Density. Regulations that set a cap on multifamily housing units to limit density were enacted by prior commissions. That cap is close to being reached. With hundreds of units being considered and on the drawing boards, we better be thinking about what kind of density we envision here in the next 3-5 years.

Do we accept the eventual morphing of Westport into a community like many Westchester County neighbors?  The recent downtown planning survey showed very strong agreement that residents appreciate the character and rural nature of the town today — not of the town of the 1950s, ’60s or ’70s. When we envision hundreds of new multifamily units, how will that impact our resources, taxes, schools and infrastructure?

Yes, the sub-text proposed said that raising this cap would apply to this one “issue” (though it did open the door to at least 13 qualifying locations). Nothing we face at P and Z is one-off. Just look at the issue of preservation of historic houses, or listen to developers use previous “one-offs” to justify their proposals.  This is a discussion which we all face now. It will intensify over the coming months.

Chip Stephens worries about other proposals for multifamily housing that are in the pipeline.

Chip Stephens worries about other proposals for multifamily housing that are in the pipeline.

Open space. Westport open space, both public and private, is a finite resource. Once developed, open space is unlikely to revert back. Robert Moses tried to run multi-lane highways through Central Park in the ’60s. If not for the efforts of those looking to maintain New York’s open space as a sacred cow, today’s city would be much different.

Our beaches, open spaces and parks are not out of the reach of development. Such use has been discussed beyond just this project. Some people want more athletic fields, new art venues, new community center space, more affordable housing. All are very well-intentioned, laudable goals.  But there is only so much free space left in this town. When it is gone, it is gone.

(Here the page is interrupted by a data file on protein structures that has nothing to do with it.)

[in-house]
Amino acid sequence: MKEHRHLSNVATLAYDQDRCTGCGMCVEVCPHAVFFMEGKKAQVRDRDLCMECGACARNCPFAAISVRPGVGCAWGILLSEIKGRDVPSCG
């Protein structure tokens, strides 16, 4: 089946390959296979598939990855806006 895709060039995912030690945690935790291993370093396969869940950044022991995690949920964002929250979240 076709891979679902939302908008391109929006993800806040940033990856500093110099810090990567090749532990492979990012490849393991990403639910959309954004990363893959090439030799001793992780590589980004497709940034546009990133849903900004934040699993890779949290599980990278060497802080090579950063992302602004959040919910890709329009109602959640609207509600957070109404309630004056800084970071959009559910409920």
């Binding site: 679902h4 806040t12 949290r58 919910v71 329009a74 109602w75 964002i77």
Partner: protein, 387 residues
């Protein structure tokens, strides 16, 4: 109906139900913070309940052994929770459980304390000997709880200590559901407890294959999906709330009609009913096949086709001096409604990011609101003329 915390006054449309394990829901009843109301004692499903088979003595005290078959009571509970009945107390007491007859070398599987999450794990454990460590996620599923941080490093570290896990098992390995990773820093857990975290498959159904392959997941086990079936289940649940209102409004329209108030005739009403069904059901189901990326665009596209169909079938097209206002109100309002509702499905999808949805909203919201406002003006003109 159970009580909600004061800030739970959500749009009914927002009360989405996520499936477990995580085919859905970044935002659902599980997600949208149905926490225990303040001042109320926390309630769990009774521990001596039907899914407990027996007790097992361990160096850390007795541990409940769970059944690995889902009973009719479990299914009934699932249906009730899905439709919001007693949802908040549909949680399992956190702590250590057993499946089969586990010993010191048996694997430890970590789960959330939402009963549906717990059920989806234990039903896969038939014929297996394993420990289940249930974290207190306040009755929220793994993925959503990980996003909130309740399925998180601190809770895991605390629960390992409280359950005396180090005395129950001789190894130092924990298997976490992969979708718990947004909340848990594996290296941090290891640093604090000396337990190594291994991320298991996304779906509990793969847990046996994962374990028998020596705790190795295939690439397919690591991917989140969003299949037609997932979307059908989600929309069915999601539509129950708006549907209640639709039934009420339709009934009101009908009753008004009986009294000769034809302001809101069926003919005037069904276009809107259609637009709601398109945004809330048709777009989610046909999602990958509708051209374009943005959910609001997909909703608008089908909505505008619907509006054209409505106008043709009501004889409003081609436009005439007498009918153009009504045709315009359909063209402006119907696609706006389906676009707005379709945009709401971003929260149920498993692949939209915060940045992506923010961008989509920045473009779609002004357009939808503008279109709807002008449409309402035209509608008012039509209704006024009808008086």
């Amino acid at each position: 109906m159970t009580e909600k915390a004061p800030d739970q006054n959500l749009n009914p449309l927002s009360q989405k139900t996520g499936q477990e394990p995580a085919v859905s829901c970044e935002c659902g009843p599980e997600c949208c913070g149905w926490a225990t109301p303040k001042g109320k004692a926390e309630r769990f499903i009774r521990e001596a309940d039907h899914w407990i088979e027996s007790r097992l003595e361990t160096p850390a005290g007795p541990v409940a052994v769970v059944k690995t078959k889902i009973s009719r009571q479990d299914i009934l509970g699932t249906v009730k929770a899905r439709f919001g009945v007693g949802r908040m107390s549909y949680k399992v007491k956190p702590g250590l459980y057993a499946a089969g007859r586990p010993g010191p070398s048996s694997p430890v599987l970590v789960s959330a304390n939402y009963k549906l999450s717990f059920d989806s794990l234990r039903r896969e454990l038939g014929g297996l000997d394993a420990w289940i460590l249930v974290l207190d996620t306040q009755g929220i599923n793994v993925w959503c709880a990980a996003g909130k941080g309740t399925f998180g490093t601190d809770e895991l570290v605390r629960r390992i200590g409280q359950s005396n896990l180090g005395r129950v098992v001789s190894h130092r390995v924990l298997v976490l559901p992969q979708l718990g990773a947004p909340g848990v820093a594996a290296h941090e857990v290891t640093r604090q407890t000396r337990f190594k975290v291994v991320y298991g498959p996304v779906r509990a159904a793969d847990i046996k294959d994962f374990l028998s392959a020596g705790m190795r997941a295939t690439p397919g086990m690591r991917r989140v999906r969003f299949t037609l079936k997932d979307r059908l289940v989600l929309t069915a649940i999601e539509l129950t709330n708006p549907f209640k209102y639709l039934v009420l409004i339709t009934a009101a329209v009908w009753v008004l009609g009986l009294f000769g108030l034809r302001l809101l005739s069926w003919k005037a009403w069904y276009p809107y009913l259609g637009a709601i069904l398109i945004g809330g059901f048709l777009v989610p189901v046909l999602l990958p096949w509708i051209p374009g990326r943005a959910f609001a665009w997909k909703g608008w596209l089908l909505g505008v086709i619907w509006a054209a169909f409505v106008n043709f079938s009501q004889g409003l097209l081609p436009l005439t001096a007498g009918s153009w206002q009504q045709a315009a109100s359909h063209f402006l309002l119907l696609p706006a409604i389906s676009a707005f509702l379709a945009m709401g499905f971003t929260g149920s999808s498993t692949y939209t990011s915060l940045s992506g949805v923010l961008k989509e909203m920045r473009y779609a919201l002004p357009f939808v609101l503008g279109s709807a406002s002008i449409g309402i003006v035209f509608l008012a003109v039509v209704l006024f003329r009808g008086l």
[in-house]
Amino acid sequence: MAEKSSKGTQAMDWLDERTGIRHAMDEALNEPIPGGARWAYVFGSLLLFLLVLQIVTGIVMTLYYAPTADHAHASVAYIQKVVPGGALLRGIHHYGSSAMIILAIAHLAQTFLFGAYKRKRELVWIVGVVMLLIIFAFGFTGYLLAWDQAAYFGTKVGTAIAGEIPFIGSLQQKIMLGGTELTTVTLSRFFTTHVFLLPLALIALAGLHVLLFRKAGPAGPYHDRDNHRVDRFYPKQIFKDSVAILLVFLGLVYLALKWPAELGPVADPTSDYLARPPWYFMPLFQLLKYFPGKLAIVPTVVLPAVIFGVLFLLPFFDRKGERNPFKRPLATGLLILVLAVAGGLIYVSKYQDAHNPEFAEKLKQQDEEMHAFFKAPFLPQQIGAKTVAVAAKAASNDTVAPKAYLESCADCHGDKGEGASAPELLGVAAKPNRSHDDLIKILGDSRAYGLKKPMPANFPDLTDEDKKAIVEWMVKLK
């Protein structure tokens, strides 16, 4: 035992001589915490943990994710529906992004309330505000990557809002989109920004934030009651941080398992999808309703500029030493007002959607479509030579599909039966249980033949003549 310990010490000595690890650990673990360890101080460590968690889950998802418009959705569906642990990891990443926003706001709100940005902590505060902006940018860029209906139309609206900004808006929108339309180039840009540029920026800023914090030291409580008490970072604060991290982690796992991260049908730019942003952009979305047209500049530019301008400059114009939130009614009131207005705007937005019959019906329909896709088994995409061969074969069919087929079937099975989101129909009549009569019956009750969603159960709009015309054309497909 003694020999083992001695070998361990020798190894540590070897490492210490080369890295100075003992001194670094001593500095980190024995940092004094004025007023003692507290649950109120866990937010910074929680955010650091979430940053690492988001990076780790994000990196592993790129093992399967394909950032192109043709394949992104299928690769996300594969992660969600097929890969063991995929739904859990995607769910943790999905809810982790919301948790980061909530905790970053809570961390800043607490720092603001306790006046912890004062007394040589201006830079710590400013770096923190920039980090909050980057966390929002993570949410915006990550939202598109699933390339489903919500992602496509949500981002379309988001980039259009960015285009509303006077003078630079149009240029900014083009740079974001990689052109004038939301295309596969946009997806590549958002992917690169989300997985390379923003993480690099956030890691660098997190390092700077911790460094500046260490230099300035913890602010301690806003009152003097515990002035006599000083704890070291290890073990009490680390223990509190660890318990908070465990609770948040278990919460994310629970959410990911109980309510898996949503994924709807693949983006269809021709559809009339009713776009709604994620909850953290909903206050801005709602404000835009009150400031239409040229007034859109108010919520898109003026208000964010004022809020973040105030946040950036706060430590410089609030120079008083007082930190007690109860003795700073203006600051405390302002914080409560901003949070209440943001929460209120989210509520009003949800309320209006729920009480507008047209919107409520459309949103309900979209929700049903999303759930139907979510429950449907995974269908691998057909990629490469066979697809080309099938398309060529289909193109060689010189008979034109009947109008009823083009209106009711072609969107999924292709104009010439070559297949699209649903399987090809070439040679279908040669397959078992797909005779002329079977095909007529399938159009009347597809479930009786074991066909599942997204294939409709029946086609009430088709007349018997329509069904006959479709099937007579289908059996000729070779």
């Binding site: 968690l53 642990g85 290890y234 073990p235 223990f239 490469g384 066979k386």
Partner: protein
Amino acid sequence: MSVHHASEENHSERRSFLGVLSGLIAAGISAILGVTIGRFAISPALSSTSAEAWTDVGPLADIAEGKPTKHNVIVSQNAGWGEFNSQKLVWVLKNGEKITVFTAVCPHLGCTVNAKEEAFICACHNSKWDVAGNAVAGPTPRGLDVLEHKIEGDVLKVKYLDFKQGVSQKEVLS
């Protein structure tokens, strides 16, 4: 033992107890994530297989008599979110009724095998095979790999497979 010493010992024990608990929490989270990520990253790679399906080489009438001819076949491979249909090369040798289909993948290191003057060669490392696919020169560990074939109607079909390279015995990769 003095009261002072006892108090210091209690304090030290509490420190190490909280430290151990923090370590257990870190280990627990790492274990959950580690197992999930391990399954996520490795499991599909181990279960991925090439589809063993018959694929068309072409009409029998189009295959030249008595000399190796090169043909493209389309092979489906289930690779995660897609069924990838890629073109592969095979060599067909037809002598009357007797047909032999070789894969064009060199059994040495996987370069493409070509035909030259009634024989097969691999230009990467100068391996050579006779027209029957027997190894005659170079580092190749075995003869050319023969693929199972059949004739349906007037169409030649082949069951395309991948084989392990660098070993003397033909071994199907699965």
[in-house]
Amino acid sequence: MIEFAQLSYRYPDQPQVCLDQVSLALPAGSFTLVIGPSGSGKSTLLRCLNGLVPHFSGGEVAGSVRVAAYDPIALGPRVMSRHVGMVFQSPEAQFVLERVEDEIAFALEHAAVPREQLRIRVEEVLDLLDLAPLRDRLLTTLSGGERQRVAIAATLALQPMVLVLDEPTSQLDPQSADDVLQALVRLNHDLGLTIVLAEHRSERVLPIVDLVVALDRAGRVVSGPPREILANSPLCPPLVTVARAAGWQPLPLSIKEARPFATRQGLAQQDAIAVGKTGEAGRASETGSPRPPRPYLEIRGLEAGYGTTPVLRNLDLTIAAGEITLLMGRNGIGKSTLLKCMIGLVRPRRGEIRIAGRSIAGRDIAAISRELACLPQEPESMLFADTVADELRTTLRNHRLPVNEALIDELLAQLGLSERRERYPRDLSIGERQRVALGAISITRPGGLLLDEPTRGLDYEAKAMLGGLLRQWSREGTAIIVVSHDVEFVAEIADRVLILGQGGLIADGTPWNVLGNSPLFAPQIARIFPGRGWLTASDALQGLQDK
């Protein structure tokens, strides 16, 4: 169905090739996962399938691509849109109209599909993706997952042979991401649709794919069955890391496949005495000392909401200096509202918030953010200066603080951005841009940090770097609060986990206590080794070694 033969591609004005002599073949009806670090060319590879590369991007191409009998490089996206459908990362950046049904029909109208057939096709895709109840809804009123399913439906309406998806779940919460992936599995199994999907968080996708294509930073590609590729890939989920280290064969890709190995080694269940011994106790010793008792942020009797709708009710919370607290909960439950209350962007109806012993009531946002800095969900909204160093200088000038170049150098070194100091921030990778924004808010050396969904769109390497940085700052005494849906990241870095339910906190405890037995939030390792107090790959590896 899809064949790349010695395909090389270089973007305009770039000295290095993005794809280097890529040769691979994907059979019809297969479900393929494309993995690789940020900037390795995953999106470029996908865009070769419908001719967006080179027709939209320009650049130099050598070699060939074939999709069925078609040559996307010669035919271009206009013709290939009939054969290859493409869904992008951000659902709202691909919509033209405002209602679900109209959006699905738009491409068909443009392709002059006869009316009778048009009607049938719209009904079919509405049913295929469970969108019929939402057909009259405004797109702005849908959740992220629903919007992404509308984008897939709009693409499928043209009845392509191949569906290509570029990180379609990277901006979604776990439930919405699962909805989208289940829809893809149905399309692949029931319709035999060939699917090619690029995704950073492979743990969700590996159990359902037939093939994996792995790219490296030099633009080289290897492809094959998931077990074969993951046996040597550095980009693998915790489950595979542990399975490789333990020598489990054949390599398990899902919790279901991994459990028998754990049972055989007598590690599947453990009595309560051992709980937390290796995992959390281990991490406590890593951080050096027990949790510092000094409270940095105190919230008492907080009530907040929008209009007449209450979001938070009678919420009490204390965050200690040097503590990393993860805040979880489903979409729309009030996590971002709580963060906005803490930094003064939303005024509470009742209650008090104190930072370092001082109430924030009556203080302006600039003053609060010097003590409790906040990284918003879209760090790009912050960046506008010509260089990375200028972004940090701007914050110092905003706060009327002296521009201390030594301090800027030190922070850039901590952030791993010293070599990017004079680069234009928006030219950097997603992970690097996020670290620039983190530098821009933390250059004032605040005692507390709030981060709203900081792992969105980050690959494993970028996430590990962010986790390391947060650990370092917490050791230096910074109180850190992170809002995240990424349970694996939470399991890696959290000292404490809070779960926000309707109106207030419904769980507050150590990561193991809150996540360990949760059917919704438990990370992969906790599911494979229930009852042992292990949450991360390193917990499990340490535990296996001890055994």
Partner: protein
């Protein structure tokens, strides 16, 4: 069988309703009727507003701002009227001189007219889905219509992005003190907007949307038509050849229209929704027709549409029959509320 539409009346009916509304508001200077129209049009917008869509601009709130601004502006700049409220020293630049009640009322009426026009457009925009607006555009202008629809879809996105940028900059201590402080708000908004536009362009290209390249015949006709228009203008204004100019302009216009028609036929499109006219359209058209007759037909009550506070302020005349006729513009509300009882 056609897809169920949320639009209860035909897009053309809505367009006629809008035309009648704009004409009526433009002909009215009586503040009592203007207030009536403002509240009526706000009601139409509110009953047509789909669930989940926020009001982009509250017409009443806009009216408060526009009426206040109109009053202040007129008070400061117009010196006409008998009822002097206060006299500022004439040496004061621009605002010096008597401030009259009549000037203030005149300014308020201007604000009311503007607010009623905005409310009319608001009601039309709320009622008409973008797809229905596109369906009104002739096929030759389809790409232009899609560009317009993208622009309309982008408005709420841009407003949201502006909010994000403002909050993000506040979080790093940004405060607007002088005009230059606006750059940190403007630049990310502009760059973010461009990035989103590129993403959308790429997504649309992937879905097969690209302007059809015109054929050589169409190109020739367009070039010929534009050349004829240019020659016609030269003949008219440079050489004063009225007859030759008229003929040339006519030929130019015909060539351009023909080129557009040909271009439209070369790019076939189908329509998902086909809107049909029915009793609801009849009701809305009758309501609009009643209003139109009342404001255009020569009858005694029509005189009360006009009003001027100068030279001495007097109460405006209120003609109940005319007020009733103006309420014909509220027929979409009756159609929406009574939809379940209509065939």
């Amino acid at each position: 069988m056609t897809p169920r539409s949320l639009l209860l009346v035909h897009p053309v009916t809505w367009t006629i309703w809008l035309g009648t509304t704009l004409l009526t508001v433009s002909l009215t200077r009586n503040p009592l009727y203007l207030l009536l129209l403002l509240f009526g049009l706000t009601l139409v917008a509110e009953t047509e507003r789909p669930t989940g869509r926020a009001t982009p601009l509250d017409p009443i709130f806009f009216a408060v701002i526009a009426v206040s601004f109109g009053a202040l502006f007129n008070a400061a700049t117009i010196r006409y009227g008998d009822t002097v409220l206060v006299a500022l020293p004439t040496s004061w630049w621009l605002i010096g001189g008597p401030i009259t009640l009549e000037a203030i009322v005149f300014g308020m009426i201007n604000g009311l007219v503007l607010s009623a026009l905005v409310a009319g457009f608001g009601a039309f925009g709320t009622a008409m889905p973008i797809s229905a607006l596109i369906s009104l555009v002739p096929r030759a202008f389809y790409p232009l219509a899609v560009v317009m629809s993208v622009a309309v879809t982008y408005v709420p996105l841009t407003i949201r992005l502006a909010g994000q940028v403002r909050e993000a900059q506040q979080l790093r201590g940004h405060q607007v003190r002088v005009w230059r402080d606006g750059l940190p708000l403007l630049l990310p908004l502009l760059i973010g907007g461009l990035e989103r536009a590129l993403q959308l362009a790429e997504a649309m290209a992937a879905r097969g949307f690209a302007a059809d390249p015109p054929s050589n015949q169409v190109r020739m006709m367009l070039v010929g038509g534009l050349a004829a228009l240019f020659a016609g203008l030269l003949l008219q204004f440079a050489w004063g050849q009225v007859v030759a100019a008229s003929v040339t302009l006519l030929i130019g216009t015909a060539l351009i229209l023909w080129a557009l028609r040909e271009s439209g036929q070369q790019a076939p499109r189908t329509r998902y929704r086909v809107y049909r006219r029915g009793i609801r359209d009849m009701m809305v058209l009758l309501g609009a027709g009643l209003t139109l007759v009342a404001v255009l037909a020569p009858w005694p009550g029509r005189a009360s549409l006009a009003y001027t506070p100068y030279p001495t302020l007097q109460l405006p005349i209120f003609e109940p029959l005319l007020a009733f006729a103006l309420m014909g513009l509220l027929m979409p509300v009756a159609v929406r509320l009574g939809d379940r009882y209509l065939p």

We need to balance our goals, expectations and well-intentioned wants with the realities of limited space, our fragile watershed, etc. Our predecessors on earlier P&Z Commissions, along with others, worked long hours and gave great thought to the regulations that make Westport what it is today.

As your  current commissioners, we are the guardians of those rules. Of course, we are open to all who look to alter those rules to fit their intentions, whether socially or financially driven. It is our mandate to fairly consider all that comes before us. But it is our responsibility to judge in the spirit of  yesterday’s lessons, today’s opinions, and tomorrow’s inheritance of the legacy we leave behind.

The Planning & Zoning Commission must consider many different  -- and often competing -- "town character" interests when interpreting existing regulations, and crafting  new ones. Chip

The Planning & Zoning Commission must consider many different — and often competing — “town character” interests when interpreting existing regulations, and crafting new ones.

In conclusion: Remember, there still stands a regulation allowing a project of the Baron South type. That has not changed.